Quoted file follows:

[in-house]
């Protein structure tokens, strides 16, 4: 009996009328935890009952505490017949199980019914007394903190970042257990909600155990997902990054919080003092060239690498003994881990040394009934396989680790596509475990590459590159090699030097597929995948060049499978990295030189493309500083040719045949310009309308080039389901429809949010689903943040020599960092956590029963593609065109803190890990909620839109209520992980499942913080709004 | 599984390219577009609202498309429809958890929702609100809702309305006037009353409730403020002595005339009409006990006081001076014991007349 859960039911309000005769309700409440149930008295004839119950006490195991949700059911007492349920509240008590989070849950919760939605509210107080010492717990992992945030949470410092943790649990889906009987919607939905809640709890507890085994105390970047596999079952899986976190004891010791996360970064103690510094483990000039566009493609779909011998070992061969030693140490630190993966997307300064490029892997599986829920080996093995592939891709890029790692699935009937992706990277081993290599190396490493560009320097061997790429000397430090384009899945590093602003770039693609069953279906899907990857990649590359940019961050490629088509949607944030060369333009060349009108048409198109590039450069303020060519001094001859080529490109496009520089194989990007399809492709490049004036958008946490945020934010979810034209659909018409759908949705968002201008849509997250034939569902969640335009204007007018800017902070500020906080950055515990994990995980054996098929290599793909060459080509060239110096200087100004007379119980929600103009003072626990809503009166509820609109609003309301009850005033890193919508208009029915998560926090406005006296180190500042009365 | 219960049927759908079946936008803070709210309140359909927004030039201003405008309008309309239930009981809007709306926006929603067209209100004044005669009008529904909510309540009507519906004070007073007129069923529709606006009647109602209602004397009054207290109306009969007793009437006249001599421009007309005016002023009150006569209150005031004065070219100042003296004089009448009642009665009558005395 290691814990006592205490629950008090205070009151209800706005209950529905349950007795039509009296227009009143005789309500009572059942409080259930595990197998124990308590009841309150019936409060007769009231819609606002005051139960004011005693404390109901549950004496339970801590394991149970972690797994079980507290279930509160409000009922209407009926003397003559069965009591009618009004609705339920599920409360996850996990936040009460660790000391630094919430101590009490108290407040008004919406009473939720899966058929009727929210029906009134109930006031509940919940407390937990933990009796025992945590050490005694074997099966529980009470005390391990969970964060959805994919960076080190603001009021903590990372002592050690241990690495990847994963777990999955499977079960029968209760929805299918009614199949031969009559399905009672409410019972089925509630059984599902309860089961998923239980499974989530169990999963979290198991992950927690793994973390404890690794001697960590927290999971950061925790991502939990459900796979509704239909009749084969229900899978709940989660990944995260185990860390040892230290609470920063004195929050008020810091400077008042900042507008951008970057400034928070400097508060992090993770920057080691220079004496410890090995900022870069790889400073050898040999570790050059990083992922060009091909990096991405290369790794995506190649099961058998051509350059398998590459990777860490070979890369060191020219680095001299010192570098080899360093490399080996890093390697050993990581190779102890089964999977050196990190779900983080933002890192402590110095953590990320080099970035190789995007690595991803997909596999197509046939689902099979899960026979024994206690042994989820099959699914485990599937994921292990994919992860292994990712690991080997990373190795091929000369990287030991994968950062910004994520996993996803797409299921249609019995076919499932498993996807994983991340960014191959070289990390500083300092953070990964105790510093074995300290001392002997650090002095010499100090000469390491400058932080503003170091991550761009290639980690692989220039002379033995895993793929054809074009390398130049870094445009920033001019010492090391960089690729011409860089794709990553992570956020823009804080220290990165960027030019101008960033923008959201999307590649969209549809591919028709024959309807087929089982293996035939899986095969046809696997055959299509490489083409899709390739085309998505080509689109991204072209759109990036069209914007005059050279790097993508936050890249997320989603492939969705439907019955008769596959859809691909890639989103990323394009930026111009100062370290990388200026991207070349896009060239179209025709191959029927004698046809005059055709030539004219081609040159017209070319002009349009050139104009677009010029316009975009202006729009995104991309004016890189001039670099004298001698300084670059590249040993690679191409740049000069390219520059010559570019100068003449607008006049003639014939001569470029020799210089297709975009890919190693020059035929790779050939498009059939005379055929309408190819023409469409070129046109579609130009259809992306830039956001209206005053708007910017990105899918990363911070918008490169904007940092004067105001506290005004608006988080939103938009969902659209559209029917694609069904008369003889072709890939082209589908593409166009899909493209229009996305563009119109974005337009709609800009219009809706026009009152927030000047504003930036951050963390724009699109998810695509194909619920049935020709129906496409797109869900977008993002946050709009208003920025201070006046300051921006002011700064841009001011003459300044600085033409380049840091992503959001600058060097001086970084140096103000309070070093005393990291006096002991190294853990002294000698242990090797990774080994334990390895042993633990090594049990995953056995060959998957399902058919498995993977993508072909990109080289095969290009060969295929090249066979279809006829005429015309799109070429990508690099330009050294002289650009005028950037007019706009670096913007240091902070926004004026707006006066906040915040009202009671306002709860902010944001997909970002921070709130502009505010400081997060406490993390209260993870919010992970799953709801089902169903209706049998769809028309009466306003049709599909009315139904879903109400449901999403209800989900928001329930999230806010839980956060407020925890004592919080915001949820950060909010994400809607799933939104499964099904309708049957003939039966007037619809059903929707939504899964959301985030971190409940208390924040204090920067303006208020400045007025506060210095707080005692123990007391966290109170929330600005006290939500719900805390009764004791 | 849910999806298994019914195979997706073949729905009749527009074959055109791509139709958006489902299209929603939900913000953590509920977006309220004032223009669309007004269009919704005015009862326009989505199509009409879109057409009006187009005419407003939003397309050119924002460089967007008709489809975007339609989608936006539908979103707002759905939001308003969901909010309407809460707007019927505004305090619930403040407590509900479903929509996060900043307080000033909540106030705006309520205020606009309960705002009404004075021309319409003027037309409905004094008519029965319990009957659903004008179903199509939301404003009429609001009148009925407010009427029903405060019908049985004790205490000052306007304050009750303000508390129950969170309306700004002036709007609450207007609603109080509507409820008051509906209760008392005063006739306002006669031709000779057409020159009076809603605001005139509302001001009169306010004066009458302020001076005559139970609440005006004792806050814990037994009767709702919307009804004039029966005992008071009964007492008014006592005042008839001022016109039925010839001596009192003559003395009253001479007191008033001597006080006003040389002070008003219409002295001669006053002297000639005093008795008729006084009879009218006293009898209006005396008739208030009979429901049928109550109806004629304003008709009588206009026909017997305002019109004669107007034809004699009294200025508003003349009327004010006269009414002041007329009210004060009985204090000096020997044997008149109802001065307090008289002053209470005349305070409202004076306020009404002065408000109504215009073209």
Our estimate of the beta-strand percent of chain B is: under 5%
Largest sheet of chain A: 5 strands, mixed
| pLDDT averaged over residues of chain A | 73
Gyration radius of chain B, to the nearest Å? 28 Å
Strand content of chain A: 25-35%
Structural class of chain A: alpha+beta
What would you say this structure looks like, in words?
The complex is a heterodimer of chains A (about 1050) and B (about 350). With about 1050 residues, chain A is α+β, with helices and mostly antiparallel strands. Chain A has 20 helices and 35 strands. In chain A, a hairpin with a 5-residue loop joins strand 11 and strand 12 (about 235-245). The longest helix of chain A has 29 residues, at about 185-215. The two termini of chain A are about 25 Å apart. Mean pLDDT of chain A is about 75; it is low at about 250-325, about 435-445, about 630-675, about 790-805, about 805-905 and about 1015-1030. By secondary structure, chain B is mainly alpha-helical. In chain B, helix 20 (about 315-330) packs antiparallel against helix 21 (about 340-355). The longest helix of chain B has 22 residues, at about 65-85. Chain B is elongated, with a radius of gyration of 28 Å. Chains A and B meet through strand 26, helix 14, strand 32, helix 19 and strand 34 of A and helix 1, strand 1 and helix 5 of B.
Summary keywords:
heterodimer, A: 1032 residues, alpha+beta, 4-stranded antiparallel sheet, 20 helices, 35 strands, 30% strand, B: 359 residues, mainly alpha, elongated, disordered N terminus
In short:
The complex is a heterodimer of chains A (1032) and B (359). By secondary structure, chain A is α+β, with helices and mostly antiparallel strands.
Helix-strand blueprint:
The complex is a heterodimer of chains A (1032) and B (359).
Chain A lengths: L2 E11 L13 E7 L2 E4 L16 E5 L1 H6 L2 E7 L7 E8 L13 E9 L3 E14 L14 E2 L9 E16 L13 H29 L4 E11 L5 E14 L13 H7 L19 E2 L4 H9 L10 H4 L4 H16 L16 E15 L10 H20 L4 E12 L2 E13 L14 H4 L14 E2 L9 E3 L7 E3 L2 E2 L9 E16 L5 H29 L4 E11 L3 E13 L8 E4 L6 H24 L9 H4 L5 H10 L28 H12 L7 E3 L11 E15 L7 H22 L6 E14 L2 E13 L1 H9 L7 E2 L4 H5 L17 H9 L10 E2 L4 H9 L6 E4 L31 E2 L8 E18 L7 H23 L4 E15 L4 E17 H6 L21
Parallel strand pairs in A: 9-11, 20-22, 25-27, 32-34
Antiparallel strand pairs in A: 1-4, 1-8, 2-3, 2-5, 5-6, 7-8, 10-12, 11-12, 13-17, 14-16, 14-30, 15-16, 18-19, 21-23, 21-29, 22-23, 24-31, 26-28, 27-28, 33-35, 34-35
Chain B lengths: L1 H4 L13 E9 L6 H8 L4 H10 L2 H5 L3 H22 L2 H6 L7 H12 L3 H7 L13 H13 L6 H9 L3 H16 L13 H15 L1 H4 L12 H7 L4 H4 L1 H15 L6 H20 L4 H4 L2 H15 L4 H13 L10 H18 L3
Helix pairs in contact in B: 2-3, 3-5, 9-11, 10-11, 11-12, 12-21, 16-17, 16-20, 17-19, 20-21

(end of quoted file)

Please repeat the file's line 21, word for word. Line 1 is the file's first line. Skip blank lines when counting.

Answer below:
Helix pairs in contact in B: 2-3, 3-5, 9-11, 10-11, 11-12, 12-21, 16-17, 16-20, 17-19, 20-21